*You SCMA guys don't even have these, do you? You just have "Sifu Brown", and nobody else in your family. Where are his si-dai? Where are your si-suks?
And you thought you rolled a crit with that rebuttal....
I've listened to the cd as well. I also take it all with a grain of salt, just like anything else. Illuminaries such as Noam Chomskey, Ghandi, Jello Biafra, and Bozo the Clown have urged us to think for ourselves and question authority.
Did fighting start in Africa? Who knows? When stuff was happening at Shaolin, the world wasn't stopped. Most places do have some kind of indiginous fighting style. Does anyone have a definitive history of the martial arts as a whole? No. That stuff is just speculation. Do I know Sifu Brown's Zen lineage? No I don't. I don't know what religion he is either.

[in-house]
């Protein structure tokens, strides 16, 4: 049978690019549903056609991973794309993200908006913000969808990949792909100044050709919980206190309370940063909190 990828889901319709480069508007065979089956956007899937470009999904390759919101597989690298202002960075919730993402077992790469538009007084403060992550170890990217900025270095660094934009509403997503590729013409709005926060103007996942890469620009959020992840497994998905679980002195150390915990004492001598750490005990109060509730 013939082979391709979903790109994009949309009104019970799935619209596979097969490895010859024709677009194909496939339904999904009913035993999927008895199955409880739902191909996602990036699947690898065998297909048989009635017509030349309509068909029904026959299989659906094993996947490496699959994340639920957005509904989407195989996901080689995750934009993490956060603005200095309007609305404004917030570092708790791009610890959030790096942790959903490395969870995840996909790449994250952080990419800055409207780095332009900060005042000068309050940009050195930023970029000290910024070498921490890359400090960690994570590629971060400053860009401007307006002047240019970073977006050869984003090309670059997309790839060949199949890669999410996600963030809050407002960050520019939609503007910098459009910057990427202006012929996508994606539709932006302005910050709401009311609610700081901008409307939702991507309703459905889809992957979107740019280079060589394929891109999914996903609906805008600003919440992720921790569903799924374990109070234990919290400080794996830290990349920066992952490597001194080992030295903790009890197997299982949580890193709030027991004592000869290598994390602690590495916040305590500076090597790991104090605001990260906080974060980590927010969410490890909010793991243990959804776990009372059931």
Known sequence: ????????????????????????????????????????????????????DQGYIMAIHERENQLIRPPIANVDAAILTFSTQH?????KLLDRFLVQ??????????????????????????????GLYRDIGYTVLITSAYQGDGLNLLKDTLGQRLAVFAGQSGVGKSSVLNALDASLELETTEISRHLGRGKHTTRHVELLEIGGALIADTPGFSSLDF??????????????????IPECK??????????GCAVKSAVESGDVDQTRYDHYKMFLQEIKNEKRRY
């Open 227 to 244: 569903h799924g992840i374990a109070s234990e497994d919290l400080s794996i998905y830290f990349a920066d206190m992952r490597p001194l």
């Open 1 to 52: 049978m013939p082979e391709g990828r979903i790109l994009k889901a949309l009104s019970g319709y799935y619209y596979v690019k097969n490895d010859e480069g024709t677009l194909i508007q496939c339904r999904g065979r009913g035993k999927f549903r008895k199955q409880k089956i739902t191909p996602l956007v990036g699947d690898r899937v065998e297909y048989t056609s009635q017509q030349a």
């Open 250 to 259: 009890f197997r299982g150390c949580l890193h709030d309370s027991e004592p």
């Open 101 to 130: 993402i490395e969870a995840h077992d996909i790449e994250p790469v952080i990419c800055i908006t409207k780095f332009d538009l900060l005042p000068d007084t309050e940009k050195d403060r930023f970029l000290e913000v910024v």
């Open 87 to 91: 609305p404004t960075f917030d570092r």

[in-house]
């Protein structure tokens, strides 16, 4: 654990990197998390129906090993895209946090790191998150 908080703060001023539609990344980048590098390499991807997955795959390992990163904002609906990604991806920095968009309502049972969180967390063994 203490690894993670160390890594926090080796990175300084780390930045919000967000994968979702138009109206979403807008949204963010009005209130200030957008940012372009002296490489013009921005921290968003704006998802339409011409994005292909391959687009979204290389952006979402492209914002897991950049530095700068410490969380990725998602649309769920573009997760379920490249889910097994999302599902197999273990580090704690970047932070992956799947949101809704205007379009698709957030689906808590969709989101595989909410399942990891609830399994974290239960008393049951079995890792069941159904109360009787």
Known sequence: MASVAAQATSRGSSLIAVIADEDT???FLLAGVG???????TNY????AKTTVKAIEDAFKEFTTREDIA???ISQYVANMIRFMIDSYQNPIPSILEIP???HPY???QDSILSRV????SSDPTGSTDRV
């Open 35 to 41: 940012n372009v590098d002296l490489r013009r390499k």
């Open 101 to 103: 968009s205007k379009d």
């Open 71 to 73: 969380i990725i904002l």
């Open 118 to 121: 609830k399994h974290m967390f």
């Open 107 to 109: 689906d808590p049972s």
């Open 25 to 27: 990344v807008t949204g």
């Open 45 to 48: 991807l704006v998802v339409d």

The meditation we practice is merely a mental exercise. Clear your mind kinda stuff. Sifu has said in the past that if any students start to levitate, he'll tell them to stop acting "flakey".
You don't like the whole "partners not opponents" philosophy? That's cool. All I can say is that thinking of people as partners instead of opponents has made my life much better. I know too many people who view others as the enemy. These are folks with too few friends and too much time on their hands.